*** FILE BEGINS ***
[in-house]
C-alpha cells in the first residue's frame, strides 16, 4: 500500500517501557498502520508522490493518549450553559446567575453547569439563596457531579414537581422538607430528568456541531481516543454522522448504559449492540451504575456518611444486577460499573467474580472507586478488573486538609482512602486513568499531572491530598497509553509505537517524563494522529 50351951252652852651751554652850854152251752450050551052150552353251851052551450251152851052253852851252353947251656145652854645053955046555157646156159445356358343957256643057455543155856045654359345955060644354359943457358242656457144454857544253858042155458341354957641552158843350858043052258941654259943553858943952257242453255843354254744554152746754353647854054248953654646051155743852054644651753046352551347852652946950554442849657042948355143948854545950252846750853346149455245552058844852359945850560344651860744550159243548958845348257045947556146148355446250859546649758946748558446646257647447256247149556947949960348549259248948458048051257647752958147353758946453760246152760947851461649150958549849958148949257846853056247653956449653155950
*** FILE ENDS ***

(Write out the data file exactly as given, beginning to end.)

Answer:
[in-house]
C-alpha cells in the first residue's frame, strides 16, 4: 500500500517501557498502520508522490493518549450553559446567575453547569439563596457531579414537581422538607430528568456541531481516543454522522448504559449492540451504575456518611444486577460499573467474580472507586478488573486538609482512602486513568499531572491530598497509553509505537517524563494522529 50351951252652852651751554652850854152251752450050551052150552353251851052551450251152851052253852851252353947251656145652854645053955046555157646156159445356358343957256643057455543155856045654359345955060644354359943457358242656457144454857544253858042155458341354957641552158843350858043052258941654259943553858943952257242453255843354254744554152746754353647854054248953654646051155743852054644651753046352551347852652946950554442849657042948355143948854545950252846750853346149455245552058844852359945850560344651860744550159243548958845348257045947556146148355446250859546649758946748558446646257647447256247149556947949960348549259248948458048051257647752958147353758946453760246152760947851461649150958549849958148949257846853056247653956449653155950